Because, as we all know, the world wants any excuse to like us…

Rob from Say Anything brings up Senator John McCain’s constant push to ban torture by the US government. It’s a fine, noble sentiment, and certainly understandable from a man who spent literally years being tortured by the Vietnamese government, but is it really such a good idea?

I think not.

For one, McCain says he wants to do it because he believes it would improve America’s image abroad. I think that is a laudable aspiration, but utterly futile.

In the past, we’ve put a lot of work into being “liked” around the world. It was the keystone of the Carter Administration’s foreign policy. It was behind Clinton’s intervention in the Balkans. And it has one single, overwhelming quality: it’s ultimately disastrous in the long run.

Being “liked” is a worthless goal in foreign relations. As Winston Churchill said, nations don’t have permanent friends or permanent enemies — only permanent interests. We would be far better served to find those common interests and build our relationships in a sense of enlightened self-interest, rather than bonhommie and camaraderie and the “aren’t we all just fine, upstanding fellows” sentiments.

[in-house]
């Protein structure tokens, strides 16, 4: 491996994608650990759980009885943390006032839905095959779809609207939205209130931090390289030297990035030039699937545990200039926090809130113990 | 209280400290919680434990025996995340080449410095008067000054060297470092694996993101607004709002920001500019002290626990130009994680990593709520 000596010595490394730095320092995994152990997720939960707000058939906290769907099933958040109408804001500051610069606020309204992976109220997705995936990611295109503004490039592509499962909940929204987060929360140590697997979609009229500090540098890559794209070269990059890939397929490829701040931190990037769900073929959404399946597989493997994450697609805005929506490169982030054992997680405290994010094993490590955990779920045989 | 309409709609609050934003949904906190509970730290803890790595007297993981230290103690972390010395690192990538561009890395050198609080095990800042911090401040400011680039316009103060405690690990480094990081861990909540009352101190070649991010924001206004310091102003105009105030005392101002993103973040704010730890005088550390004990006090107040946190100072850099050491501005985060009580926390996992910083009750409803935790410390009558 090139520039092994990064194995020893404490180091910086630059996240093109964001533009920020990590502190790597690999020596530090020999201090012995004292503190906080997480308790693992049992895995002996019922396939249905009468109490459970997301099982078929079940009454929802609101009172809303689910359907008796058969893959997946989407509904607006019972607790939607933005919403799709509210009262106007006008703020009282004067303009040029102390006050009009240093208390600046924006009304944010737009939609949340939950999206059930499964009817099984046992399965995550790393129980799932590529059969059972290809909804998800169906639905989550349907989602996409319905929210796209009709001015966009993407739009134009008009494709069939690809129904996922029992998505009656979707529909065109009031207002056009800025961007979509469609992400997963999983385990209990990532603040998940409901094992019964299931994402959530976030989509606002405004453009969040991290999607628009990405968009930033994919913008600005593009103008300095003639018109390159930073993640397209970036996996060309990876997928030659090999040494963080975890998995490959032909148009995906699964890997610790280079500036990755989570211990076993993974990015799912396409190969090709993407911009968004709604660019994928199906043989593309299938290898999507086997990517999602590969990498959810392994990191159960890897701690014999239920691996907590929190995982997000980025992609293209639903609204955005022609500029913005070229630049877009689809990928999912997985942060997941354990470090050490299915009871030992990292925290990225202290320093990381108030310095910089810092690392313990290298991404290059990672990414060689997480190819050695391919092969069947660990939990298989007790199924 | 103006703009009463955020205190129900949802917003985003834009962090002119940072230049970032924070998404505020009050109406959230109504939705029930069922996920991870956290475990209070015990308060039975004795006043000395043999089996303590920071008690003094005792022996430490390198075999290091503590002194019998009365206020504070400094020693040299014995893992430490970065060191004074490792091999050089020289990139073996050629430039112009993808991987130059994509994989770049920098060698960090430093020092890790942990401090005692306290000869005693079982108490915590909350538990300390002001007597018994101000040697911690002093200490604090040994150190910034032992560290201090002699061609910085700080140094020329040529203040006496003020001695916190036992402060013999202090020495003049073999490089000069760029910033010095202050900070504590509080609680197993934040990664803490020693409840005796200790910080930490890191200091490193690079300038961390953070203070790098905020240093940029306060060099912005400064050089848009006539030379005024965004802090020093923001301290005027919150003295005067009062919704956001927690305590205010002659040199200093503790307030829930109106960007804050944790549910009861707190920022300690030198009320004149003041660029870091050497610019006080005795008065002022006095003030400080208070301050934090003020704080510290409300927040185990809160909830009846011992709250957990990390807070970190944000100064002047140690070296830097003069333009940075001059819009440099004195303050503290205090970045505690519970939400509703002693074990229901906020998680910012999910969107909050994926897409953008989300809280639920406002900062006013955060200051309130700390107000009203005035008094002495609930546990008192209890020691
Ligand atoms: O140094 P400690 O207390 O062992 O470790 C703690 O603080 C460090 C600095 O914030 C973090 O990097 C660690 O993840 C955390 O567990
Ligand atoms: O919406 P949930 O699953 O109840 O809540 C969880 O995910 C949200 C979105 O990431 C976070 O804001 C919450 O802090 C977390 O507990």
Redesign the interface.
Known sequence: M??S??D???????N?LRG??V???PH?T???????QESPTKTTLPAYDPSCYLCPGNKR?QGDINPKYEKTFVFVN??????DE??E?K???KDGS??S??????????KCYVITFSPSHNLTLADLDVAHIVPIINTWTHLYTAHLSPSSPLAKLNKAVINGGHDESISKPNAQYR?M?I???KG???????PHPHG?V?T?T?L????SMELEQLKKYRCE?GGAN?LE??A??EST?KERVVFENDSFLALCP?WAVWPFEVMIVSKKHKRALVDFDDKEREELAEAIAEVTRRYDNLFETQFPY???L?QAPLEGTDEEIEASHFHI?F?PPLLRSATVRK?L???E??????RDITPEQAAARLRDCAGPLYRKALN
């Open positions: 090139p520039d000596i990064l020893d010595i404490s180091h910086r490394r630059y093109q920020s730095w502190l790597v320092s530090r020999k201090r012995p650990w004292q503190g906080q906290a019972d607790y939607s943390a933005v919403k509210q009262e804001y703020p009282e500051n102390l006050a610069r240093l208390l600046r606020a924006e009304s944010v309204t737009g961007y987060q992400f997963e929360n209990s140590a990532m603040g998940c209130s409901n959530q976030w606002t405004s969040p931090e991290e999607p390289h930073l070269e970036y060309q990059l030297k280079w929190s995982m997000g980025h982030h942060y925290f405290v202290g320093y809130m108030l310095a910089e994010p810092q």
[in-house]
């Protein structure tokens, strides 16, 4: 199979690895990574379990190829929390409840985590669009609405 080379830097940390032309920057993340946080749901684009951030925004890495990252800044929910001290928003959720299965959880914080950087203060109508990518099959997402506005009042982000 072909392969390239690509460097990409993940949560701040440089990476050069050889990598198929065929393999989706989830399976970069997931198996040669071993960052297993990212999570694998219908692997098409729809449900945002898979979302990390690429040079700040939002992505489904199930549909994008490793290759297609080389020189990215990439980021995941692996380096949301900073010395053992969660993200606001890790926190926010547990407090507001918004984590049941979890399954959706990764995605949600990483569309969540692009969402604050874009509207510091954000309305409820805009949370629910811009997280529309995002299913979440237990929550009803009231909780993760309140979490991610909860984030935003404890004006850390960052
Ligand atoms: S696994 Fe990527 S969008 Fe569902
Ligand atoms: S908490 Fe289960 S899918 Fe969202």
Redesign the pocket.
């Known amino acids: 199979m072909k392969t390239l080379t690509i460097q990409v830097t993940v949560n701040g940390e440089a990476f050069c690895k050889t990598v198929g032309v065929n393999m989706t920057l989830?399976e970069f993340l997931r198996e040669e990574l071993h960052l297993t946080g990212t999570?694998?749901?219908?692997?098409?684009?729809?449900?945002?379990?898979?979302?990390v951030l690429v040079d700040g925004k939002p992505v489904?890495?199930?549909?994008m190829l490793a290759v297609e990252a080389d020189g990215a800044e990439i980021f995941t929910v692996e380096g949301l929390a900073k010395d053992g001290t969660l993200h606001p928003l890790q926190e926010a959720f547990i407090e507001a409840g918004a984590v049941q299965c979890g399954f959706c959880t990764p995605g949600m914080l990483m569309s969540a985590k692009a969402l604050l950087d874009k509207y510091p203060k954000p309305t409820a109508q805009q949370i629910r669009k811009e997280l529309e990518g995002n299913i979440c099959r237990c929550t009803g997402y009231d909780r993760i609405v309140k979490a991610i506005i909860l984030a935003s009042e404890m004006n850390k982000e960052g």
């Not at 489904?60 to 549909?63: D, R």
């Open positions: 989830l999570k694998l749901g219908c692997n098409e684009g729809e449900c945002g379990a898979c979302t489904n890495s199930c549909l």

Further, “niceness” is seen as a sign of weakness in many cultures. Being accomodating, obliging, considerate, and conciliatory sends the signal to some people that we are willing to yield on many issues, that a show of strength will convince us to back down rather than stand up for our beliefs. Yes, it’s a rather primitive mentality, but many of our enemies embrace that — witness Bin Laden’s horse analogy.

Also, let’s look at the most famous case of “torture” by the United States — the Abu Ghraib situation. It was an aberration, a violation of several of our existing laws and rules and policies, and those responsible were tried, convicted, and punished. And let’s not forget how the story first broke — in a press release put out by the military. The Army itself aired its own dirty laundry, giving all those “investigative journalists” a huge leg up on the “scandal.”

Cutting through all the “nuance,” the subtleties, the fine shades of meaning, I’ve always thought that the United States would be well served by adopting the philosophy of the US Marine Corps when dealing with other nations:

No greater friend, no worse enemy.

It’s up to you, other nations. Which would you prefer?

Compassion Uber Alles
Amen, brother!
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